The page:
Tilt-Shift Lens Too Costly? A New Lightroom Tool Creates a Realistic Effect (VIDEO)

Tilt-shift lenses work wonders to significantly refine an image in a number of important ways. Unfortunately these specialized lenses are extremely costly and beyond the means of many photographers—especially for the limited application they provide.

But here's the good news: Thanks to Lightroom's new Lens Blur feature you can mimic some of the effects of a tilt-shift lens, as you'll see in the tutorial below from the PHLOG Photography YouTube channel. You won't have to invest in new glass, and the results you achieve are surprisingly realistic.

Instructor Christian Mohrle is a successful German landscape photographer who always has a few tricks up his sleeve, and today he demonstrates how to use Lightroom's Lens Blur tools for this specific task. We suggest downloading the sample Raw file in the description beneath the video so you can make the changes yourself while watching Mohrle explain the steps.

The Tilt-shift magic comes about halfway through the video, after Mohrle improves the image with a few basic adjustments and a bit of selective masking and color grading. These are important steps, so we encourage you to watch the entire lesson.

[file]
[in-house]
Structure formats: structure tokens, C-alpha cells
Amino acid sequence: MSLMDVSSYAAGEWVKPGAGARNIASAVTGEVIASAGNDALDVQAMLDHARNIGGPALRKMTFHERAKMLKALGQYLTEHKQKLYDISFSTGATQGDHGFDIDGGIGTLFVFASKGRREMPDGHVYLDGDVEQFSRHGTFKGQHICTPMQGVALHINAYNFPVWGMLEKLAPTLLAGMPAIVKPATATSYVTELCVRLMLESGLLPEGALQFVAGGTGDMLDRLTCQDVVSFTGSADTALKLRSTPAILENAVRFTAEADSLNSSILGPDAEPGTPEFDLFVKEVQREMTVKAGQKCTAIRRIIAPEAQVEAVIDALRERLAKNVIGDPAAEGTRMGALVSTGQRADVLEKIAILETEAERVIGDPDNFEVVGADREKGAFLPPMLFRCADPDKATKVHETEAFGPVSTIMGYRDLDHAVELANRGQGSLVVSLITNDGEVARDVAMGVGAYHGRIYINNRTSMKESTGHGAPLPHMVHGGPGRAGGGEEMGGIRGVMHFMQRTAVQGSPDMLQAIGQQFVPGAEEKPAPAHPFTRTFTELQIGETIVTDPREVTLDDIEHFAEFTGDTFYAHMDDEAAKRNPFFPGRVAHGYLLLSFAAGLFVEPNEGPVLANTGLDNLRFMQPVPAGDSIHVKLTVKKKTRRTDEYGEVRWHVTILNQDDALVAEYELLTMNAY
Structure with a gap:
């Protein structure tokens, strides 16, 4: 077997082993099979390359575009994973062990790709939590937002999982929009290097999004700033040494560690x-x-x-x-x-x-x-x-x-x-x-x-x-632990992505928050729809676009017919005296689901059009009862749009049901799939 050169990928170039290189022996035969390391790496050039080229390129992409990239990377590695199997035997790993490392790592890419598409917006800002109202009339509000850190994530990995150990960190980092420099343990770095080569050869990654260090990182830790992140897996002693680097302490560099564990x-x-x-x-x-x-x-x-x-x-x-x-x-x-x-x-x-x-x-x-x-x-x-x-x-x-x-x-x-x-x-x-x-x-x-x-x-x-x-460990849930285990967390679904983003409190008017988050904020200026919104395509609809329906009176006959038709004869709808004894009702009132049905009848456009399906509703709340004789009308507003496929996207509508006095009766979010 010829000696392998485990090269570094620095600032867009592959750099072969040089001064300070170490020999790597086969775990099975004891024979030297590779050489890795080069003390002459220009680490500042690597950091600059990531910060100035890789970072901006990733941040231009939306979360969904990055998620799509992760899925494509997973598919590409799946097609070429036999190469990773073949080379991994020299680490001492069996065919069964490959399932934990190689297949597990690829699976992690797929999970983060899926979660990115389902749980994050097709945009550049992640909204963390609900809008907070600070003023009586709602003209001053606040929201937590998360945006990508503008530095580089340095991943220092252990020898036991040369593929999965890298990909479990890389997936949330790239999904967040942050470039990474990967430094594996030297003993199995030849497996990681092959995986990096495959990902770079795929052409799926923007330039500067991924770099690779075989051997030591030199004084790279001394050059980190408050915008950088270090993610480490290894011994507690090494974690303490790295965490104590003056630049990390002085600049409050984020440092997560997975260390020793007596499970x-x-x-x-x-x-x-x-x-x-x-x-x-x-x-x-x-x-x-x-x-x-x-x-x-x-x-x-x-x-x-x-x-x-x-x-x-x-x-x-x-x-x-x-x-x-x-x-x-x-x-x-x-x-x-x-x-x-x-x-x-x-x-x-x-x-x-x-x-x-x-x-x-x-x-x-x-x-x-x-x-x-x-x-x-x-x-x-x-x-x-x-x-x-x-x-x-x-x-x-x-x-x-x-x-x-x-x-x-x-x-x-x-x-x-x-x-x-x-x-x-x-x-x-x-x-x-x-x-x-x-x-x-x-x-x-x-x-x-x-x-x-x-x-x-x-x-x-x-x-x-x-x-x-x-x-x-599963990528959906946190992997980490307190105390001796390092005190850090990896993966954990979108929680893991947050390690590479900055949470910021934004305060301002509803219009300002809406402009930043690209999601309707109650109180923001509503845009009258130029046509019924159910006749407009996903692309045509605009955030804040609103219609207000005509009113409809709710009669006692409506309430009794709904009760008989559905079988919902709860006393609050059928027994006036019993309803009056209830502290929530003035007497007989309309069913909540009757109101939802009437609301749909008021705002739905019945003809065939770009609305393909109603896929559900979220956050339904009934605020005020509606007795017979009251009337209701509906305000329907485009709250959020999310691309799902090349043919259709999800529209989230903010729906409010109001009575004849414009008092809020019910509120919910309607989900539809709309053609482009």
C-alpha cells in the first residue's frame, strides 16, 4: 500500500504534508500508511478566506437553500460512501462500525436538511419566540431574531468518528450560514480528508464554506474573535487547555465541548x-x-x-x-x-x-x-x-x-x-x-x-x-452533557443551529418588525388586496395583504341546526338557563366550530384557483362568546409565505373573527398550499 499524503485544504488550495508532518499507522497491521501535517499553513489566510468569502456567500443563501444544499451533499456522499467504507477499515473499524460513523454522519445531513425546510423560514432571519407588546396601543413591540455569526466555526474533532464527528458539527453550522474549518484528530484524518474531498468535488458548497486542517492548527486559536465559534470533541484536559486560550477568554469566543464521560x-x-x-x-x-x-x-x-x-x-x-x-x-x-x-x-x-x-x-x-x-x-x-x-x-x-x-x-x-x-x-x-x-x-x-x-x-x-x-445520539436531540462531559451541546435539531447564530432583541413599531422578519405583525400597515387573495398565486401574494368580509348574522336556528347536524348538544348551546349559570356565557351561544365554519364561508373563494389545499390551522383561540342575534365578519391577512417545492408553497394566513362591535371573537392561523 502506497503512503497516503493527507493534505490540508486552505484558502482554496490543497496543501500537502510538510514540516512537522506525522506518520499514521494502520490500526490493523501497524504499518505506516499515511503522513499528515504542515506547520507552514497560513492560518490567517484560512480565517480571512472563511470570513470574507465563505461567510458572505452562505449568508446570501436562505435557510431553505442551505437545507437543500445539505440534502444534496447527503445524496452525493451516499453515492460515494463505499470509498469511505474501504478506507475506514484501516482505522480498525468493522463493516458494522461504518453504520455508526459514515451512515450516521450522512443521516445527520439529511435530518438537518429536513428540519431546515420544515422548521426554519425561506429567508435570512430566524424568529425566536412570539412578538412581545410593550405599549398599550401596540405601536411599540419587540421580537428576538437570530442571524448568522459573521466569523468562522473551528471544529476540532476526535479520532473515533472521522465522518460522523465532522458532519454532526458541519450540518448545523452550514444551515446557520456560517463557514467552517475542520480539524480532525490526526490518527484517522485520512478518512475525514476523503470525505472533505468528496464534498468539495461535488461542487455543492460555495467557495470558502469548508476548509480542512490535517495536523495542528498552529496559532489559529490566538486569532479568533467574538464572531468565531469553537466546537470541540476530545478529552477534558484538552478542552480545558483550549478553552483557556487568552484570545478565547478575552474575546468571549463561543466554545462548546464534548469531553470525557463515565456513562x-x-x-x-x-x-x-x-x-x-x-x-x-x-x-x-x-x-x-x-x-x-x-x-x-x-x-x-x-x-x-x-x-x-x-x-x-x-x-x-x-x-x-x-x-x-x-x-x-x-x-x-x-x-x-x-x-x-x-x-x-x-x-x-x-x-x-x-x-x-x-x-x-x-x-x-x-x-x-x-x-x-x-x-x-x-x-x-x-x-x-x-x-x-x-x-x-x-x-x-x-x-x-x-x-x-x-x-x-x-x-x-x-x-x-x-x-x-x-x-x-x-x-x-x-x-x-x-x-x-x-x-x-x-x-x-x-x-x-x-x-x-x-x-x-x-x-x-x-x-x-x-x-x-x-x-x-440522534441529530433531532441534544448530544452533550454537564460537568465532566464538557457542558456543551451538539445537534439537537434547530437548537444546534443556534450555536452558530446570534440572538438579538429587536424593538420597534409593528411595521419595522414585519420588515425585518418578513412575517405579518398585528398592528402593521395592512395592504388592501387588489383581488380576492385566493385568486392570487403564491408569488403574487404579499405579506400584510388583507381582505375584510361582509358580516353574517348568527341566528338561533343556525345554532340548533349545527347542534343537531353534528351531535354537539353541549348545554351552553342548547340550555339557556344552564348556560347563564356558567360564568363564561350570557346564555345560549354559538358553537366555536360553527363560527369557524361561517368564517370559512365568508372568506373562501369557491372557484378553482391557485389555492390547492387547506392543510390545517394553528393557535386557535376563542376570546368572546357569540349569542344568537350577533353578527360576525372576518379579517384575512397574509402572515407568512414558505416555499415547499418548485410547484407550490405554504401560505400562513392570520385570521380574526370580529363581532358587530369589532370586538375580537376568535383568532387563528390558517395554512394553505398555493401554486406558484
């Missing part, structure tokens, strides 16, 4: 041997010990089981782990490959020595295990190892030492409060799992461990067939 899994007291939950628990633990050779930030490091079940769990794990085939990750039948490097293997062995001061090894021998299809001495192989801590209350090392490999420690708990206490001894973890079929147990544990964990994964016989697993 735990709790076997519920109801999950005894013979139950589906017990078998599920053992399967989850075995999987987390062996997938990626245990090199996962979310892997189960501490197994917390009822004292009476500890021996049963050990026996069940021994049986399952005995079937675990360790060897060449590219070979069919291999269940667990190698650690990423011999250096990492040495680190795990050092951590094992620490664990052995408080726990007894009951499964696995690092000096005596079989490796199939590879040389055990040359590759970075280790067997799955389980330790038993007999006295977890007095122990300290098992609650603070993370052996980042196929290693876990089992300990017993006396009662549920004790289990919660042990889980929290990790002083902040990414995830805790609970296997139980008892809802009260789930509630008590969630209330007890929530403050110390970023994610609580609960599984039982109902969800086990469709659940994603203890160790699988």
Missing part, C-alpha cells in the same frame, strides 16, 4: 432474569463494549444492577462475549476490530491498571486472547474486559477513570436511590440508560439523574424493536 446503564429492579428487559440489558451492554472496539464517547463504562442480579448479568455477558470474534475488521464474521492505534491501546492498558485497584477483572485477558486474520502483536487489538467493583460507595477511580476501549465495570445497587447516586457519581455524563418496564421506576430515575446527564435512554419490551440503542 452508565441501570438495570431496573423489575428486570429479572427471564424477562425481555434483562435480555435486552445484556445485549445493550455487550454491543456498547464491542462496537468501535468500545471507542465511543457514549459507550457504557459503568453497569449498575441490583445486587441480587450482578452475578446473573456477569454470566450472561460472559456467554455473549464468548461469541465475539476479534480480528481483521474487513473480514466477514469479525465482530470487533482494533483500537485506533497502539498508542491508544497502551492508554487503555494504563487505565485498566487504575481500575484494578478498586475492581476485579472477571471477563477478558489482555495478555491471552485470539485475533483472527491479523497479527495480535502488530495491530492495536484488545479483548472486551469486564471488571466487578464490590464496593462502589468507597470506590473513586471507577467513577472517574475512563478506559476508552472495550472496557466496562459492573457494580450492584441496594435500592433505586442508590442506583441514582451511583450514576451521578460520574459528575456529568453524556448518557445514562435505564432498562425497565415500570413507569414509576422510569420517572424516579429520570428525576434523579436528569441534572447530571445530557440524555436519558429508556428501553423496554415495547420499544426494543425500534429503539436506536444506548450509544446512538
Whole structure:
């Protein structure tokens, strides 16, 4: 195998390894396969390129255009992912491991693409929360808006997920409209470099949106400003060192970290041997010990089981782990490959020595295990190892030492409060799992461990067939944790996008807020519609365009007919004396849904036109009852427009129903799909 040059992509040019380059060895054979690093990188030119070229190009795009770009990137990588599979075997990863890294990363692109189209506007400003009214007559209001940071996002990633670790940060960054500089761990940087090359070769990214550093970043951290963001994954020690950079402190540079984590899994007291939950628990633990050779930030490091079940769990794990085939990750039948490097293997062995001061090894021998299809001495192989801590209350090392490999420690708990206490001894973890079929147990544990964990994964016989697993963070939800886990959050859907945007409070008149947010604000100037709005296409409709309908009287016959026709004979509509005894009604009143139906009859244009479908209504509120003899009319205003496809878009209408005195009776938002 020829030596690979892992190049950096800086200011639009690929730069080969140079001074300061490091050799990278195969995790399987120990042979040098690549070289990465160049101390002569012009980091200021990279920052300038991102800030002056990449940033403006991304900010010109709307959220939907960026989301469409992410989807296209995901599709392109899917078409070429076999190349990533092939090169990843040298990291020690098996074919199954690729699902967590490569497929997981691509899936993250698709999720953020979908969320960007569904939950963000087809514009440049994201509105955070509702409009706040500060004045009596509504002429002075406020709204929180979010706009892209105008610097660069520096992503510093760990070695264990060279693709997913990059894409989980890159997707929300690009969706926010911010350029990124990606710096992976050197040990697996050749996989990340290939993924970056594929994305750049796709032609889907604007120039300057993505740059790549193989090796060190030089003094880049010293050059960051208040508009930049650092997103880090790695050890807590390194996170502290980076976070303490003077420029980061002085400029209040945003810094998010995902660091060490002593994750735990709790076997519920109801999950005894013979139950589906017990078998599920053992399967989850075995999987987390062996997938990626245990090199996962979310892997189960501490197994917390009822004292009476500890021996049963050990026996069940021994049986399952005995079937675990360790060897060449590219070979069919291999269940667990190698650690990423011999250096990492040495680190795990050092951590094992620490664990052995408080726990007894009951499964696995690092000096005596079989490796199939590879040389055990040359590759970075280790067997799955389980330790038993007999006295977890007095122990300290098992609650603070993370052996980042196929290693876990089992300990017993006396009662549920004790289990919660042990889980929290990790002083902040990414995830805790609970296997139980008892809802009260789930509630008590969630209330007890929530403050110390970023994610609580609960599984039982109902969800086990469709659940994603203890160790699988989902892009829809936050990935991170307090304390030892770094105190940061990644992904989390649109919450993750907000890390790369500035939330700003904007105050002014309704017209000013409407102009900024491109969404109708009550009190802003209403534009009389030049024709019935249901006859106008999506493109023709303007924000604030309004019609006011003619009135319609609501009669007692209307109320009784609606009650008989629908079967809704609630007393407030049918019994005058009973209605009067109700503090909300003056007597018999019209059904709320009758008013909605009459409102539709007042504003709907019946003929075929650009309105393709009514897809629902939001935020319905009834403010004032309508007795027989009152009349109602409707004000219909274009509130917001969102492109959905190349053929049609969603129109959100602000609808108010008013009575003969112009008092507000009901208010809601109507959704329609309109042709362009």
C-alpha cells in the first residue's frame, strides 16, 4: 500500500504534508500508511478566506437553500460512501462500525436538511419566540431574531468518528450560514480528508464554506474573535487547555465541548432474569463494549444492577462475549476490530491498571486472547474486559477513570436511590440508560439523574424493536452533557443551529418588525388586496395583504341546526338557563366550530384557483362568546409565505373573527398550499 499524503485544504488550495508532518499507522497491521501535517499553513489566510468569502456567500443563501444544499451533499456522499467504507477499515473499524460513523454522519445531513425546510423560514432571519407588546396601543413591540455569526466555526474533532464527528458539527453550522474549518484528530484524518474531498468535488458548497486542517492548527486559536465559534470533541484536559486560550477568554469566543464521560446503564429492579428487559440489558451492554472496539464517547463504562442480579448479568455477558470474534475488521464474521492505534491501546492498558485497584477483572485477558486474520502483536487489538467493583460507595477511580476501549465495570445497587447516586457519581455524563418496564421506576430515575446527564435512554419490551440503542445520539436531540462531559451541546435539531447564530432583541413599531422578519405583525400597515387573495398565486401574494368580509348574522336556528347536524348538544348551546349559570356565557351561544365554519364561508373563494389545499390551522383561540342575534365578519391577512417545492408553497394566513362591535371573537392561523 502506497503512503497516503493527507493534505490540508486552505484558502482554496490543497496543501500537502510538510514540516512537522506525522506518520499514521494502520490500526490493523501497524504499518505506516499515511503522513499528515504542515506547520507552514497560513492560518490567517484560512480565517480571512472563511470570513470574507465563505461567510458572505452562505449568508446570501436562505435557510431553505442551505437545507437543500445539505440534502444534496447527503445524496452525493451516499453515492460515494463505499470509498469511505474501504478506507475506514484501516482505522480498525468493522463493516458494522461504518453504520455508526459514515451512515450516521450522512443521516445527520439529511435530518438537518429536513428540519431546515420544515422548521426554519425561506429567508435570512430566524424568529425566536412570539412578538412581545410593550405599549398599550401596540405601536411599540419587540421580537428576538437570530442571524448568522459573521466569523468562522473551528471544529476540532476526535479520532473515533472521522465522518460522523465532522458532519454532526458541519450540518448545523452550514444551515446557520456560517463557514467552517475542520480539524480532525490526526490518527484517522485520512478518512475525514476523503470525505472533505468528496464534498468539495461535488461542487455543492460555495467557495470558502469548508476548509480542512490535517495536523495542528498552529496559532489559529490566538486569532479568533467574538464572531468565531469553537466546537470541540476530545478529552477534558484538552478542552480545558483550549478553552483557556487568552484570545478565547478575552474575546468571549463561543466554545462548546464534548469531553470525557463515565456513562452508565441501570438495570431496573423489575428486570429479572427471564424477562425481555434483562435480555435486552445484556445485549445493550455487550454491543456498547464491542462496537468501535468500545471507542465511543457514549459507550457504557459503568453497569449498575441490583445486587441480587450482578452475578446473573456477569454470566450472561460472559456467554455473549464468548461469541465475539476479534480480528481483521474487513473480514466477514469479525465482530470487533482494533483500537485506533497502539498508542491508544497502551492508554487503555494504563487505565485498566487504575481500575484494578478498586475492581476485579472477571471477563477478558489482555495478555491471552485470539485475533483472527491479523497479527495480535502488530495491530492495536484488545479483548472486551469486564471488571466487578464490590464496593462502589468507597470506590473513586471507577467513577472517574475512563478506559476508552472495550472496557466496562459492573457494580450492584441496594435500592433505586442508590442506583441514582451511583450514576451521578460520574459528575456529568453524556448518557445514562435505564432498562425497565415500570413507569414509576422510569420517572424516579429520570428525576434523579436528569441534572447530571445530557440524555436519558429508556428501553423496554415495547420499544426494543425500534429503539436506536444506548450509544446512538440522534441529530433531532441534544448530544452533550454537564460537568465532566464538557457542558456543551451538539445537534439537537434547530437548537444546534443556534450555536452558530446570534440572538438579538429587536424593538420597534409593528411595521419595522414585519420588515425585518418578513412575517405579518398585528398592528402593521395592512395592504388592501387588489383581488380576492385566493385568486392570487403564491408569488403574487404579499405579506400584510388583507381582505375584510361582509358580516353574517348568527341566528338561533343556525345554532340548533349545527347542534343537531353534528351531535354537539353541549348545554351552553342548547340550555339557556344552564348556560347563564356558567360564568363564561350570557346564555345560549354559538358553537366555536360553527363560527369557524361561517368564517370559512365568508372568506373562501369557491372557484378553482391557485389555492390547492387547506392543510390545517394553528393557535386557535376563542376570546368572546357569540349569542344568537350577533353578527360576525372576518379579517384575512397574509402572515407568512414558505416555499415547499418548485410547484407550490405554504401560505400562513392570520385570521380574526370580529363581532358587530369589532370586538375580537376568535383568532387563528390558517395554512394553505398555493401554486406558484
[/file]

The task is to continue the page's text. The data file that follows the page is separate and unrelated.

The preliminary steps begin with changing the profile to Adobe landscape for more base saturation. Mohrle also adjusts White Balance to maintain a Blue Hour look, slightly raises overall exposure while dropping the highlights, and opens up shadows in the darkest portions of the frame. He also increases texture and drops Clarity.

Mohrle then employs some simple masking to further refine the image, primarily focusing on the sky. He uses a large Linear Gradient to get the job done. Here his goal is to bring down exposure in the top portion of the image. Because this adjustment adds a bit too much saturation he opens the Color panel and slightly tones things down.

The next step is opening Lightroom's Color Mixer for some straightforward color grading. Mohrle uses the sliders to bring up red tones while dropping yellows and oranges. He also slightly increases the blues and applies a bit of split-toning.

Now you're at the 6:31 mark of the video where you're learn how to use Lens Blur to create the natural looking tilt-shift technique. Mohrle explains that this new feature is intended for creating soft, blurry backgrounds, but you'll see that there's a lot more than it can do when you manipulate the Depth Map of the image.

Mohrle's popular YouTube channel contains much more of interest for shooting and editing landscape photographs, so be sure to take a look when you have time.

And don't miss another helpful editing tutorial we posted recently from another expert, explaining how to use Lightroom to add texture and contrast to Landscape photos without killing image quality.